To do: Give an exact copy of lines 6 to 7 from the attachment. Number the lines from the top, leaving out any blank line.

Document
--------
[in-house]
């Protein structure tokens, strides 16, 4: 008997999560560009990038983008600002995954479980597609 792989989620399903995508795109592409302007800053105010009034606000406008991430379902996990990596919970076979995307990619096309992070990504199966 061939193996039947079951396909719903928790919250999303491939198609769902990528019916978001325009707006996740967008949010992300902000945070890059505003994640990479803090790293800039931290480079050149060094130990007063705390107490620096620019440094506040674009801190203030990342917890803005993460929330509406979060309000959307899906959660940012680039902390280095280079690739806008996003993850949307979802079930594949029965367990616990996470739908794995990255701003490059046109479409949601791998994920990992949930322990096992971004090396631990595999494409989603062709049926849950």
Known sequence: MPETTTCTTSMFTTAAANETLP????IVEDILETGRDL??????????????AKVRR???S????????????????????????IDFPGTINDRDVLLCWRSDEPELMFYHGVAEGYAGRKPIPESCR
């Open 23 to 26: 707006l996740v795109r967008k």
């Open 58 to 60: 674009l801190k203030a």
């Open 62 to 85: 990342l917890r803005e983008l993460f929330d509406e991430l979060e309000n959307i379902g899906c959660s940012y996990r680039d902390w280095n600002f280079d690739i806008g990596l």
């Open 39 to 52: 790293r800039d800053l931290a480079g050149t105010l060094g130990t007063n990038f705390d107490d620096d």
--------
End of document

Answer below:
């Open 62 to 85: 990342l917890r803005e983008l993460f929330d509406e991430l979060e309000n959307i379902g899906c959660s940012y996990r680039d902390w280095n600002f280079d690739i806008g990596l």
């Open 39 to 52: 790293r800039d800053l931290a480079g050149t105010l060094g130990t007063n990038f705390d107490d620096d």